The car comes with driving modes, which can be selected from the knob behind the gear lever. You can choose between sport, eco and normal. The drive modes alter responses from the steering, the gearbox as well as the climate control (mainly for the eco mode). In sport, the steering does become a tad bit heavier and the shifts are held longer. Down shifts also happen faster.
Ride and handling
We put the Tiguan through city roads, highways, off-road as well as on some twisties. One thing that became clear is the fact that the Tiguan feels very planted and stable, especially while cruising out on the highway. There is a tad bit of body roll while cornering, but the steering is very precise and gives a lot of feedback.
VW has set the suspension keeping comfort in mind, which means the vehicle glides over most of the rough stuff without much hassle. It is only over the larger pot holes that you will hear the one-off thud from the suspension. While it is on the softer side, the SUV doesn’t have a boat-like feel to it, which means it is fun to drive too.
We took the car on a mild off-road track and found the vehicle coping well. We didn’t get to check out the full capability of the system though. The Tiguan has a ground clearance of 149 mm. Yes, you read it right, 149 mm. Now you maybe scratching your head as to how it is so low. The reason behind that is that ARAI is now using a fully loaded vehicle to test ground clearance, which means the 149 mm is the minimum ground clearance the vehicle has. This is something that has come into effect recently and hence takes people by surprise when they hear it. However, real world ground clearance is more like 200 mm. Brakes are very sharp, which is something very reassuring, especially for a SUV.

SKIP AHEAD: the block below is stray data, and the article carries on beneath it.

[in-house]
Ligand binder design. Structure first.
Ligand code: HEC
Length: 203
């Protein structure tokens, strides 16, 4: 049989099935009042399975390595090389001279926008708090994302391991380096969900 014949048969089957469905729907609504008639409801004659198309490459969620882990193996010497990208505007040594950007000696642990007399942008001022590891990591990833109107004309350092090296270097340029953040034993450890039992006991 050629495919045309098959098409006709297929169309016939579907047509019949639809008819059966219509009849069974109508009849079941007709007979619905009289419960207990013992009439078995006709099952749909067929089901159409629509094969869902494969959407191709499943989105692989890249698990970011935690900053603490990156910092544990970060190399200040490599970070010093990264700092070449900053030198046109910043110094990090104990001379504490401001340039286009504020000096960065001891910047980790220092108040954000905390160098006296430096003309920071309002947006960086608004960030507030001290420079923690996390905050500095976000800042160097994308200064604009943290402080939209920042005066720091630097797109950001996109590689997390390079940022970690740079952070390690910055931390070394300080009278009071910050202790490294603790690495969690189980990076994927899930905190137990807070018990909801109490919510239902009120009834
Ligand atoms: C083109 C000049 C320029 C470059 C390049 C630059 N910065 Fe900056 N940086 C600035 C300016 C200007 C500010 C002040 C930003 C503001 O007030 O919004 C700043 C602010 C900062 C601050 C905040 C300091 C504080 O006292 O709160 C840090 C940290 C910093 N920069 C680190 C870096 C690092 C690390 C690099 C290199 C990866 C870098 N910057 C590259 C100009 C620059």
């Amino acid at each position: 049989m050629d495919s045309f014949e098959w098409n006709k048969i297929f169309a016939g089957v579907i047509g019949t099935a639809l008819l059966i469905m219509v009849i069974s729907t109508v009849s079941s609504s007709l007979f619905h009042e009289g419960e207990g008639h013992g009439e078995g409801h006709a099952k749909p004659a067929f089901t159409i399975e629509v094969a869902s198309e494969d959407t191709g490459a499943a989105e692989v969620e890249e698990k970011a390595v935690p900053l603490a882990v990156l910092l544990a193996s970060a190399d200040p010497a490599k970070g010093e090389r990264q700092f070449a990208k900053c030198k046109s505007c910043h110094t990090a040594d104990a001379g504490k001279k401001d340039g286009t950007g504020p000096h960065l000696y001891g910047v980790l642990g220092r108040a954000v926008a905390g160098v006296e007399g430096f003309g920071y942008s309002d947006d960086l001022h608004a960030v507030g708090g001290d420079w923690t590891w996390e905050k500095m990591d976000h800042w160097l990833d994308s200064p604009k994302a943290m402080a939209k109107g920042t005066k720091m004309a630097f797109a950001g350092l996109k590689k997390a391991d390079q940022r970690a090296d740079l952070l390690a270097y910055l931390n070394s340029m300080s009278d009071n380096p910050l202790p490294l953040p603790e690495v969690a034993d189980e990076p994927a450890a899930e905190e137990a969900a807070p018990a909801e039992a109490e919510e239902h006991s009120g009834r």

Should you get one?
The Tiguan can be had in two variants – Comfortline priced at Rs 27.98 lakh and 31.38 lakh for the Highline, ex-showroom Delhi. So what makes the Tiguan special? If you are in the market for a 5-seat soft roader, the Tiguan makes a lot of sense. Yes, it is a little over-priced when compared to the Tucson, which would technically be its main rival, however VW is aiming the Tiguan at the BMW X1 and the Mercedes GLA.
The advantage the Tiguan has is that it is understated, feels premium and is practical too. People who want the luxury and creature comforts of a high end vehicle, yet don’t want the snob value of the other German marques, the Tiguan makes a lot of sense for them. It also comes equipped with AWD on both variants, something that is not on offer in any other model in the similar price bracket.
The company claims that there maybe a price cut post the implementation of GST, which means the prices will go down. To sum up, if you want a premium 5-seat SUV which is spacious and well loaded, and yet you don’t want to spend the extra for the other brands, this makes perfect sense. We advise you to wait for GST to kick in though.